Measuring body composition using bioelectrical impedance is simple and easy. Electrodes pass a very weak electrical current through the body (you cannot feel it) to test the resistance to current flow. Electricity moves faster through muscle and bone than it does through fat. The device measures this difference to calculate how much fat you have on your body.
Types of Measurement Devices
Handheld (upper-body)-Enter you weight and height and hold the device at arms length while gripping both hand grips. These models will give a good percentage body composition. However, it can only measure body fatness in the upper body because it dosn’t have electrodes for the feet. Electricity flows up one arm, through the chest, and down the other arm. It misses the entire lower body, therefore, it probably won’t give an accurate measurement of your fat loss around thighs, hips, abdomen, and lower body.
Lower Body- This is basically a scale with electrodes for each foot. It works well, and it is very simple to use. With this type, electricity passes up one leg, through the abdomen, and down the other leg to the second electrode. This model could slightly overestimate body fat percent because most people have more fat around the hips, abdomen, and thighs.
Full Body Composition- The most accurate type of bioelectrical impedance testing device available. It has electrodes for the hands and feet making the electrical current pass through the entire body. This is how bioelectrical impedance testing is done in a medical lab setting. With this type you can accurately measure changes in body fat throughout your entire body as you progress through a fitness program.
Other Options for Measuring Body Fatness
Skinfolds- Requires a skinfold caliper; pinch the skin in several sites on the body and use the caliper to measure the thickness. Use the Jackson Polluck equations to estimate percent body fat based on the thickness of the skinfolds. These calipers are highly accurate, and give a reliable clinically accepted measure.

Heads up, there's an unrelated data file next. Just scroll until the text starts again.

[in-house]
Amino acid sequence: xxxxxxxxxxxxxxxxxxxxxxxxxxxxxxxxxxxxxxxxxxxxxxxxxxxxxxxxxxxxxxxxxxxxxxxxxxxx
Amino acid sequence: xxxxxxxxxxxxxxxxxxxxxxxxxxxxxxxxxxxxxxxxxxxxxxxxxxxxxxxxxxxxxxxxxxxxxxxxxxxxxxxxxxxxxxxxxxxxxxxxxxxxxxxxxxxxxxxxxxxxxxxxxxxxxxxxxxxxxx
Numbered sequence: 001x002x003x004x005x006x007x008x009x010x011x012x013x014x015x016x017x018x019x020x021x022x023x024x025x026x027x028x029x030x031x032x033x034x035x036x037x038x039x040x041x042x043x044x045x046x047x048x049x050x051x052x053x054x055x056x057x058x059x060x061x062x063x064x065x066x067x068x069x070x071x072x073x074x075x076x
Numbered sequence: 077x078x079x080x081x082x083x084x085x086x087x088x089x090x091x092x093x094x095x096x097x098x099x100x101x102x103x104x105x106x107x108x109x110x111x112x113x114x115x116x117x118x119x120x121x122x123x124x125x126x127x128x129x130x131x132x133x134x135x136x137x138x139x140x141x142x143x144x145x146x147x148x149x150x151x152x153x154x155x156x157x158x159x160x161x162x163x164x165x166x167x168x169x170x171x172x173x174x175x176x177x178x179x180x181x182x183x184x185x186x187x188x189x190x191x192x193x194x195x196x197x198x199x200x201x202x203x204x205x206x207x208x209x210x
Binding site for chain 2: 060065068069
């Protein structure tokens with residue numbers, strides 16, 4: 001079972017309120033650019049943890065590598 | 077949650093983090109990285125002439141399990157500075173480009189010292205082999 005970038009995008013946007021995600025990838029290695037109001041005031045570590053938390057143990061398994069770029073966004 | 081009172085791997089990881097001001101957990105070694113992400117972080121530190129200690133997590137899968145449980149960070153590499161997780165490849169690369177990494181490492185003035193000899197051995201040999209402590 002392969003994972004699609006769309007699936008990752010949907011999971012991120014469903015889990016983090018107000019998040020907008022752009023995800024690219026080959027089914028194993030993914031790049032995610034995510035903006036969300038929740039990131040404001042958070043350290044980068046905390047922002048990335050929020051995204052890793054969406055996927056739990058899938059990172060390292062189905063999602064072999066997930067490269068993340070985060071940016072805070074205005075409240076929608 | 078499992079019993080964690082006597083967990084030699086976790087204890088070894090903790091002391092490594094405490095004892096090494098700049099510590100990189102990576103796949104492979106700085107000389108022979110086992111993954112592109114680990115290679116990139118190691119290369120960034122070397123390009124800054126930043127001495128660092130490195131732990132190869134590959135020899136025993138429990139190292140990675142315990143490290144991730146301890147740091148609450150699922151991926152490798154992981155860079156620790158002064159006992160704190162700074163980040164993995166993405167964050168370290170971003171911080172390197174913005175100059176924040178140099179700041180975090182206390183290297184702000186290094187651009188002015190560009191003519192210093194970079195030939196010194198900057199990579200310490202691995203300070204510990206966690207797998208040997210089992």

Body Mass Index (BMI)- The Body Mass Index does not measure percent body fat, but it is a ratio of weight to height. BMI= (weight(kg)/heigh(in meters) squared) It is used to classify a person as being underweight, normal, overweight, or obese. However, since it cannot measure body composition (percent fat) it is no the perfect measure.
Body-Girth Measurements- Use a tape measure to determine the circumference of your body at different points and plug those numbers into equations to estimate body fatness. This also does not measure body composition, therefore it is a loose guide. The waist-to-hop ratio compares the circumference of your waist to the circumference of your hips. This number can be used to predict disease risk because internal body(inside the body cavity) fat is more dangerous than fat that is right under the skin.
One of the most popular bioelectrical impedance measuring devices, this handheld system is easy to use and can provide a decently accurate measure of your percent body fat. It has several setting you can choose from depending on whether you are an athlete or not.
This system measures fatness throughout your entire body. It is designed to pass electrical current through your hands and feet. This allows it to measure body composition throughout a large portion of your body.
This device has a high weight capacity, and it measure your percent body fat and weight in one compact device.